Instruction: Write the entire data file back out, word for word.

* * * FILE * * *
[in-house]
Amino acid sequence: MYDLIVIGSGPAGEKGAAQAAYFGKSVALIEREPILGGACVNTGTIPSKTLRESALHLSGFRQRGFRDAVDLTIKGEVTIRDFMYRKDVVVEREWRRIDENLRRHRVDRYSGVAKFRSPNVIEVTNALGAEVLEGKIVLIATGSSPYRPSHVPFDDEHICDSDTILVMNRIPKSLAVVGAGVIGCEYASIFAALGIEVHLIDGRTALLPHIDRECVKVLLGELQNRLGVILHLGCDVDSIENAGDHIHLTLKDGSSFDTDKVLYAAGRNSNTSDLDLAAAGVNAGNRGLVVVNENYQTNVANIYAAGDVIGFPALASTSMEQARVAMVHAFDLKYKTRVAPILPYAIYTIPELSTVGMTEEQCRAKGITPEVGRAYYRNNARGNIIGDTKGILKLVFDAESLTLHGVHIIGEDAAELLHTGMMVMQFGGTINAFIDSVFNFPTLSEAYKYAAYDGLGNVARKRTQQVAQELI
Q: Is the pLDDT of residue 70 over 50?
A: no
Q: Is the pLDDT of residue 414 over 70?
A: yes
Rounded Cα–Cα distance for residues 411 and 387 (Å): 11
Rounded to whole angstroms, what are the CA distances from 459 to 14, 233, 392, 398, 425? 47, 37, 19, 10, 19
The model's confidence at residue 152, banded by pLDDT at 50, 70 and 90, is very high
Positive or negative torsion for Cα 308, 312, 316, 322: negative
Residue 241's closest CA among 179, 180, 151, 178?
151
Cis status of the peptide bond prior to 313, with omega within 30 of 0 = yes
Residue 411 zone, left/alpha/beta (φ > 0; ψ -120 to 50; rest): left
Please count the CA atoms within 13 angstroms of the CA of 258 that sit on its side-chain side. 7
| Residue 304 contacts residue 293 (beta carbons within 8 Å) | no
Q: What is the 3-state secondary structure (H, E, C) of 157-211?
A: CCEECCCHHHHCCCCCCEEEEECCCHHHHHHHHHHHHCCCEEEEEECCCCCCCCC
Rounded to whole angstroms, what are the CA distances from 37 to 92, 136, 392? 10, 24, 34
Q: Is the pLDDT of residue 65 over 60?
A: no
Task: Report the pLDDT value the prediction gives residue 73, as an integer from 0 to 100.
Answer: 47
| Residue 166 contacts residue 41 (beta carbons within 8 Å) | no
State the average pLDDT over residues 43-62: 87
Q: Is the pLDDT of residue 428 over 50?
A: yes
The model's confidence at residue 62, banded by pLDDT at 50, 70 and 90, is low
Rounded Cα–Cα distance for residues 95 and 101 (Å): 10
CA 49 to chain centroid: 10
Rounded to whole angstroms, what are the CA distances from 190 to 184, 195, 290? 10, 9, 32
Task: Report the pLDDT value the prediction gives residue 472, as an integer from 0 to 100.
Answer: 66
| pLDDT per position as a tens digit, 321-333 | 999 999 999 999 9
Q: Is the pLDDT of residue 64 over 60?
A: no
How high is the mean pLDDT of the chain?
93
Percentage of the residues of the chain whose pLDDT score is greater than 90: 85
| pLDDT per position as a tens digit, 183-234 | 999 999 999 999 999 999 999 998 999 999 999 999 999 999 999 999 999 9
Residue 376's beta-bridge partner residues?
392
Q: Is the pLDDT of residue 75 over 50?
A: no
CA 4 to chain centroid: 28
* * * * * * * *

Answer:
[in-house]
Amino acid sequence: MYDLIVIGSGPAGEKGAAQAAYFGKSVALIEREPILGGACVNTGTIPSKTLRESALHLSGFRQRGFRDAVDLTIKGEVTIRDFMYRKDVVVEREWRRIDENLRRHRVDRYSGVAKFRSPNVIEVTNALGAEVLEGKIVLIATGSSPYRPSHVPFDDEHICDSDTILVMNRIPKSLAVVGAGVIGCEYASIFAALGIEVHLIDGRTALLPHIDRECVKVLLGELQNRLGVILHLGCDVDSIENAGDHIHLTLKDGSSFDTDKVLYAAGRNSNTSDLDLAAAGVNAGNRGLVVVNENYQTNVANIYAAGDVIGFPALASTSMEQARVAMVHAFDLKYKTRVAPILPYAIYTIPELSTVGMTEEQCRAKGITPEVGRAYYRNNARGNIIGDTKGILKLVFDAESLTLHGVHIIGEDAAELLHTGMMVMQFGGTINAFIDSVFNFPTLSEAYKYAAYDGLGNVARKRTQQVAQELI
Q: Is the pLDDT of residue 70 over 50?
A: no
Q: Is the pLDDT of residue 414 over 70?
A: yes
Rounded Cα–Cα distance for residues 411 and 387 (Å): 11
Rounded to whole angstroms, what are the CA distances from 459 to 14, 233, 392, 398, 425? 47, 37, 19, 10, 19
The model's confidence at residue 152, banded by pLDDT at 50, 70 and 90, is very high
Positive or negative torsion for Cα 308, 312, 316, 322: negative
Residue 241's closest CA among 179, 180, 151, 178?
151
Cis status of the peptide bond prior to 313, with omega within 30 of 0 = yes
Residue 411 zone, left/alpha/beta (φ > 0; ψ -120 to 50; rest): left
Please count the CA atoms within 13 angstroms of the CA of 258 that sit on its side-chain side. 7
| Residue 304 contacts residue 293 (beta carbons within 8 Å) | no
Q: What is the 3-state secondary structure (H, E, C) of 157-211?
A: CCEECCCHHHHCCCCCCEEEEECCCHHHHHHHHHHHHCCCEEEEEECCCCCCCCC
Rounded to whole angstroms, what are the CA distances from 37 to 92, 136, 392? 10, 24, 34
Q: Is the pLDDT of residue 65 over 60?
A: no
Task: Report the pLDDT value the prediction gives residue 73, as an integer from 0 to 100.
Answer: 47
| Residue 166 contacts residue 41 (beta carbons within 8 Å) | no
State the average pLDDT over residues 43-62: 87
Q: Is the pLDDT of residue 428 over 50?
A: yes
The model's confidence at residue 62, banded by pLDDT at 50, 70 and 90, is low
Rounded Cα–Cα distance for residues 95 and 101 (Å): 10
CA 49 to chain centroid: 10
Rounded to whole angstroms, what are the CA distances from 190 to 184, 195, 290? 10, 9, 32
Task: Report the pLDDT value the prediction gives residue 472, as an integer from 0 to 100.
Answer: 66
| pLDDT per position as a tens digit, 321-333 | 999 999 999 999 9
Q: Is the pLDDT of residue 64 over 60?
A: no
How high is the mean pLDDT of the chain?
93
Percentage of the residues of the chain whose pLDDT score is greater than 90: 85
| pLDDT per position as a tens digit, 183-234 | 999 999 999 999 999 999 999 998 999 999 999 999 999 999 999 999 999 9
Residue 376's beta-bridge partner residues?
392
Q: Is the pLDDT of residue 75 over 50?
A: no
CA 4 to chain centroid: 28